PHILIPPINE NEWS SERVICE — POLICE and military officials have placed Mindanao under “extreme critical alert”—the highest of a four-step public terror warning system—after three bombings this week left 12 people dead and the region braced for more attacks.
“We are on full operations mode,” Armed Forces Chief Hermogenes Esperon Jr. told reporters.
He said almost 60,000 troops, half the entire military, were now on duty in Mindanao and the Sulu archipelago.
Raising the alert level to extreme signals the government is bracing itself for more terror attacks from Muslim extremists. Metro Manila remained on moderate alert.
No soldier or officer was allowed to go on leave while the alert remained, Esperon said.
He said it was likely that the Al Qaida-linked Abu Sayyaf and Jemaah Islamiyah groups would continue attacking targets in the south.
Both groups, which are on the US government’s list of foreign terrorist organizations, have been blamed for a series of bombings on Tuesday and Wednesday that killed 12.
The threat of more attacks has forced the United States, Britain, Australia and Japan to issue new travel advisories.
Esperon said more roadblocks would be put up in the south and intelligence gathering would be intensified.
A massive manhunt for Abu Sayyaf leaders and Jemaah Islamiyah bombers Dulmatin and Umar Patek would be stepped up in Sulu, he said.
That operation alone has tied up more than 5,000 troops in dense jungle to capture an estimated 200 militants.
Esperon said the Abu Sayyaf’s strength had fallen to about 420 members from a high of more than 1,000 in 2000.
Security analysts have said that about 30 mostly Indonesian Jemaah Islamiyah militants, including Dulmatin and Patek, were now in the south.
Dulmatin’s wife was arrested last week and, under questioning, confirmed intelligence information that the Abu Sayyaf and Jemaah Islamiyah were plotting to hit more targets in coming days.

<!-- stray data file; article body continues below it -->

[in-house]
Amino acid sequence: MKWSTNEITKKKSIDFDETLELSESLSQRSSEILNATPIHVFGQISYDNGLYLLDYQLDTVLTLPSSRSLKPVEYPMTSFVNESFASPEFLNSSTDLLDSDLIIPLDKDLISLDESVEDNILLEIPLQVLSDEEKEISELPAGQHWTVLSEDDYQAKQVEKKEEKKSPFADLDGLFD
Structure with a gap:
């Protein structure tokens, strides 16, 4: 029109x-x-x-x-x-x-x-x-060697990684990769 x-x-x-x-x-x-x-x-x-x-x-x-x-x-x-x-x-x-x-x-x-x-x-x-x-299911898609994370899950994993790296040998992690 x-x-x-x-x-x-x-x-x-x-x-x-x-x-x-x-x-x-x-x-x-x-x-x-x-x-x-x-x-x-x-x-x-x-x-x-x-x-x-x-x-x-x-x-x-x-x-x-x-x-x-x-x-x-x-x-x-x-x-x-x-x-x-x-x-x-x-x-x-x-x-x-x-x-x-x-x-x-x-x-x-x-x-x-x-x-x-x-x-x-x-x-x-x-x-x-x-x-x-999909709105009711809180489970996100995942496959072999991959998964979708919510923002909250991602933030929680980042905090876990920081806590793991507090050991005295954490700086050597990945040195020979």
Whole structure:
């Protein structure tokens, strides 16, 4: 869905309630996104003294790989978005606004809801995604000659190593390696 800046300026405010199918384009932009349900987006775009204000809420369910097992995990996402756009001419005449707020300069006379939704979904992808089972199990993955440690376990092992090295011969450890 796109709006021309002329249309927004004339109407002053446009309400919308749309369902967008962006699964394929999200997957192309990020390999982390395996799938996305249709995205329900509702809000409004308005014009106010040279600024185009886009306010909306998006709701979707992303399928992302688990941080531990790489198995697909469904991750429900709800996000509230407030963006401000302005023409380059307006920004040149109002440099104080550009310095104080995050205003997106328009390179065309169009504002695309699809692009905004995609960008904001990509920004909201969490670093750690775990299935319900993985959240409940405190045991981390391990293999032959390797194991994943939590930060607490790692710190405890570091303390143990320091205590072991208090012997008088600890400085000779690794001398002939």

The Abu Sayyaf was responsible for the country’s worst terrorist attack in 2004, when its fighters bombed a passenger ferry and killed over 100 people.
It’s fighters are also wanted for a series of high-profile kidnappings and murders, including those of two Americans seized in 2001.
Jemaah Islamiyah is believed to be Al Qaida’s Southeast Asian arm and is suspected of being behind the October 2002 and 2005 bombings in Bali, Indonesia, that killed more than 200 people.
The places being watched by security forces include the southern port city of Zamboanga, where a weeklong Christian religious festival ended Thursday with a public parade, police officials said.
In 2002, suspected Abu Sayyaf guerrillas detonated a bicycle bomb during a religious festival at Fort Pilar in Zamboanga, killing one civilian and wounding 12 others.
Fort Pilar is a complex that includes the centuries-old remains of a Spanish fort, a shrine to the Virgin Mary, and an open-air worshipping area where mass is celebrated.
But the Palace played down an accusation from North Cotabato Gov. Emmanuel Piñol that the Moro Islamic Liberation Front was involved in this week’s attacks.
“There is no report that would link the MILF—and even its so-called special operations group—to the bombings,” Executive Secretary Eduardo Ermita said.
He said all the evidence so far pointed to the Abu Sayyaf and Jemaah Islamiyah.
The government and the MILF are in peace talks that were recently stalled over a rebel demand for more territory.
Presidential Spokesman Ignacio Bunye said President Gloria Macapagal Arroyo had asked the joint ceasefire committee to help identify and stop the bombers.
But Piñol yesterday insisted that the MILF was involved. He challenged the group to surrender one of its sub-commanders, Basit Usman, the man he accuses of leading the bomb attacks.
The MILF has consistently denied any role in the bombings.
Justice Secretary Raul Gonzalez said those who could identify the bombers would be covered by the Witness Protection Program.